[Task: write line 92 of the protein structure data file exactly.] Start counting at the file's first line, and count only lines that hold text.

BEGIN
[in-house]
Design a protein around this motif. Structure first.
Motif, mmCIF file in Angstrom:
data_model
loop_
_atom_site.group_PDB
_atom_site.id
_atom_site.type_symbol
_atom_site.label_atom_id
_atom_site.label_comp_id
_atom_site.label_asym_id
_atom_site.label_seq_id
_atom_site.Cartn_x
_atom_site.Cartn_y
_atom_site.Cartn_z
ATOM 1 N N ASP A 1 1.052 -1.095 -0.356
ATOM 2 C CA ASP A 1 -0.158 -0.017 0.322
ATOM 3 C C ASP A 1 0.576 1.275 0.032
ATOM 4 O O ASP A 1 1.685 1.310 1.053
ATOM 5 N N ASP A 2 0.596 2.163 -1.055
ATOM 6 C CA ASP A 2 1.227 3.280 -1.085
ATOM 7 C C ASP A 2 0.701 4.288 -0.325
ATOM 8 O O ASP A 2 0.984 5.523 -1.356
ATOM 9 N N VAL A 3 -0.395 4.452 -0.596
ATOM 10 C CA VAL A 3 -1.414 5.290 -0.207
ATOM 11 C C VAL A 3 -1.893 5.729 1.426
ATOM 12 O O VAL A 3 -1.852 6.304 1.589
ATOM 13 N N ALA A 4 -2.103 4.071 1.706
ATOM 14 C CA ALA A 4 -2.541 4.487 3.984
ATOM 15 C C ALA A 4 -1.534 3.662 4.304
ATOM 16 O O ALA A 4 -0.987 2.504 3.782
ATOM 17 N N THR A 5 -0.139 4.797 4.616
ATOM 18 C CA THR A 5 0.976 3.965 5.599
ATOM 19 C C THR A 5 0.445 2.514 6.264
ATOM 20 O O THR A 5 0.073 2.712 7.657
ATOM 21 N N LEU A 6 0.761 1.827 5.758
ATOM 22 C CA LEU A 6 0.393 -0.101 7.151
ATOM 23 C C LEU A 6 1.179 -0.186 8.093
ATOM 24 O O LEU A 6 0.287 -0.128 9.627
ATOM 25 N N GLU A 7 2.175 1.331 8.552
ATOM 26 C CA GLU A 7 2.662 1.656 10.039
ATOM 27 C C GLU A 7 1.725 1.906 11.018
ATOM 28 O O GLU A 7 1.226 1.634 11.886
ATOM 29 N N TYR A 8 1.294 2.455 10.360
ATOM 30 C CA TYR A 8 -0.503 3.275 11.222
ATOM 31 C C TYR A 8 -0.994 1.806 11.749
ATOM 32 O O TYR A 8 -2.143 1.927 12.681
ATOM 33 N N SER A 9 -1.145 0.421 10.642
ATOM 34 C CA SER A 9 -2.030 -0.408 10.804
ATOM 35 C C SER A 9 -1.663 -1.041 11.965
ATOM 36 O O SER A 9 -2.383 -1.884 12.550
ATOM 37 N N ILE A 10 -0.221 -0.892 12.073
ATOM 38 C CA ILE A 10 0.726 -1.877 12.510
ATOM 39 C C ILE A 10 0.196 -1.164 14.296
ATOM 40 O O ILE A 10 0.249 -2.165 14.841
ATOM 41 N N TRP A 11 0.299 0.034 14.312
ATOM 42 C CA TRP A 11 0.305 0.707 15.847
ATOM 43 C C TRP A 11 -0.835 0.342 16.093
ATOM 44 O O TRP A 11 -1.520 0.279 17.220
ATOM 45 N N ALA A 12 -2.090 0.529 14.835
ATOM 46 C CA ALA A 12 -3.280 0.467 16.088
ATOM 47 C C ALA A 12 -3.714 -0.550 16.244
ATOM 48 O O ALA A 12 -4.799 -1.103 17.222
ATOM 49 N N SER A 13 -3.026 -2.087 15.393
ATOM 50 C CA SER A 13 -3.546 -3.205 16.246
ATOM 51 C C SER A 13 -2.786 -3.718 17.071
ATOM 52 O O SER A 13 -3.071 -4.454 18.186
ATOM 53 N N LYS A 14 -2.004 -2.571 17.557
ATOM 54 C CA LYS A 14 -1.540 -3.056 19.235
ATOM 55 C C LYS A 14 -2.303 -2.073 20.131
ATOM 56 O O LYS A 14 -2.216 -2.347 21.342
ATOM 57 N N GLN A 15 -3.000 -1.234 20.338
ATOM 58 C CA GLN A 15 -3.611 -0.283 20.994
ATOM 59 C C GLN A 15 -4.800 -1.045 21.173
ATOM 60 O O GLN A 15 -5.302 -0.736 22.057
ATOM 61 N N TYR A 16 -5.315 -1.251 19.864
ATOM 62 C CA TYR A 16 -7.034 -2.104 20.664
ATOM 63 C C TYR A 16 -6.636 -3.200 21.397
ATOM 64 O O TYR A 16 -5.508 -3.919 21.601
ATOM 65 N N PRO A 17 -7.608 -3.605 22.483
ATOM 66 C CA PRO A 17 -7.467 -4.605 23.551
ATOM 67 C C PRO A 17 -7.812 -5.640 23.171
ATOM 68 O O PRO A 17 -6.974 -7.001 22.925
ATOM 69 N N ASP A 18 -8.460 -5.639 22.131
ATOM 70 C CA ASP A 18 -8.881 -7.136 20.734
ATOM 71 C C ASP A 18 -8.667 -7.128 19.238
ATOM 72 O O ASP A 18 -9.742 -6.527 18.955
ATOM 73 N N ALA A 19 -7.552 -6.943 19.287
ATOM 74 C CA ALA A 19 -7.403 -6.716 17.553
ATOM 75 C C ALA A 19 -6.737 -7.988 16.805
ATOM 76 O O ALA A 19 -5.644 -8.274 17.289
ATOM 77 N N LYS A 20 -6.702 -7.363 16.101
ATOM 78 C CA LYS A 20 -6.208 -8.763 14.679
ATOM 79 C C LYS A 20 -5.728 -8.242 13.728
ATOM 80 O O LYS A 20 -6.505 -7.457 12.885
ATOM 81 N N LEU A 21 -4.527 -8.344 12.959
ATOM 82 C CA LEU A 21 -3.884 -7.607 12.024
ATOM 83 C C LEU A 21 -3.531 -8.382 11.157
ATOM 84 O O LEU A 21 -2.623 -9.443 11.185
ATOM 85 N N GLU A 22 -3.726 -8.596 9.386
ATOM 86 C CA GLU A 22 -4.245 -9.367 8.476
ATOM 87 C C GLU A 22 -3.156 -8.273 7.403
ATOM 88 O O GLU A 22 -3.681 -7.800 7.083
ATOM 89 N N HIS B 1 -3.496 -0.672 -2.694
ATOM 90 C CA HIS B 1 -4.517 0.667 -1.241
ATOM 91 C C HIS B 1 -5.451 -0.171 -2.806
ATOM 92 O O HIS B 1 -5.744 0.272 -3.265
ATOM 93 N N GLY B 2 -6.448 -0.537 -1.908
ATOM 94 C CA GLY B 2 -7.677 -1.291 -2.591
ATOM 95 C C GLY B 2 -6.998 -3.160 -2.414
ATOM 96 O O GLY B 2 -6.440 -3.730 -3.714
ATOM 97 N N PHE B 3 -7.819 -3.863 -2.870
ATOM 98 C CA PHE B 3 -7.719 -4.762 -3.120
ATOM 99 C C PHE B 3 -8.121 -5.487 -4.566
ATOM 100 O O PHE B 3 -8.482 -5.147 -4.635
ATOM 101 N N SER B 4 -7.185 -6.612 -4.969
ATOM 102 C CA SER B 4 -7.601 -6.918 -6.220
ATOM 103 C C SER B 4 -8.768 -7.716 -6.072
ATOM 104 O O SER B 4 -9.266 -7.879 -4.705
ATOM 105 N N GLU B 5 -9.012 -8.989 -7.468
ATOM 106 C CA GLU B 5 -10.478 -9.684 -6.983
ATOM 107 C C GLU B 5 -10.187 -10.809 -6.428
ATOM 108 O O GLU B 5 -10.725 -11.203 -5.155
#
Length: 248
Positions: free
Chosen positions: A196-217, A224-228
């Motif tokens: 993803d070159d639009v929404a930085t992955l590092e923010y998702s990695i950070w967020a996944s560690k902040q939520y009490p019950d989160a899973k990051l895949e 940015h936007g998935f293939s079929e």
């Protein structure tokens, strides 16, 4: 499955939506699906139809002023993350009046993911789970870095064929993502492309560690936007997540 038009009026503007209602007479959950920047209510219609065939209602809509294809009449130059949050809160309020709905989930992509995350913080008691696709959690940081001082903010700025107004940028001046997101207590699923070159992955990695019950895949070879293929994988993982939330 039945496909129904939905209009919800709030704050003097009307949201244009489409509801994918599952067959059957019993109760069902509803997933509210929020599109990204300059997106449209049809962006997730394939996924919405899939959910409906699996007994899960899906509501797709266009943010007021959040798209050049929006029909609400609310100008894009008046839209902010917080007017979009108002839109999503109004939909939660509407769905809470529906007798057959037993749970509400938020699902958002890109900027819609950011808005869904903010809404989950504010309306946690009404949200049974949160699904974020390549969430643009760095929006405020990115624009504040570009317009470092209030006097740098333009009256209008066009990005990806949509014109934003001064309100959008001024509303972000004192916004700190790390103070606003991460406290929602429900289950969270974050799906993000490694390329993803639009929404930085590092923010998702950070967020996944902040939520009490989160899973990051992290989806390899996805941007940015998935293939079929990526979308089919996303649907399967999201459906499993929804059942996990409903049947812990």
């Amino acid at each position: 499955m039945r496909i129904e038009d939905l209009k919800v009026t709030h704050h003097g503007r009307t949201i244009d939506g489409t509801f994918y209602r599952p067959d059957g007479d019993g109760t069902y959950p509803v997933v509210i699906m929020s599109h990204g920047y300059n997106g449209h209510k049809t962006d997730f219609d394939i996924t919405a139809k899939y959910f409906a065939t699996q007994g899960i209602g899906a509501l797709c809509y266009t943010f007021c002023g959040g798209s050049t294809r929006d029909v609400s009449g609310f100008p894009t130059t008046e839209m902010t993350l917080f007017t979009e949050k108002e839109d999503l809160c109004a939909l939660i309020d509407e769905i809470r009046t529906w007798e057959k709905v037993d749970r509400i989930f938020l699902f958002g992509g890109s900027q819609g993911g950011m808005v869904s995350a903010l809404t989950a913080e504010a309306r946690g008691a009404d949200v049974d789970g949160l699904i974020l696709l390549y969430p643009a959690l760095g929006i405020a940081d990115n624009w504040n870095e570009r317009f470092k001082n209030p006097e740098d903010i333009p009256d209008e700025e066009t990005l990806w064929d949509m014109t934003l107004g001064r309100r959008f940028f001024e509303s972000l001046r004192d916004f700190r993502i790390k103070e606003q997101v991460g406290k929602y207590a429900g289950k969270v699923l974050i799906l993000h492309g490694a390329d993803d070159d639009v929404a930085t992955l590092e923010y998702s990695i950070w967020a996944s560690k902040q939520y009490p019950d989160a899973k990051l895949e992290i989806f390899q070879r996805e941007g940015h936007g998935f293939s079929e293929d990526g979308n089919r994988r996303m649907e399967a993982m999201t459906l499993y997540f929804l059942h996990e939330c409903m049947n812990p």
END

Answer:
ATOM 77 N N LYS A 20 -6.702 -7.363 16.101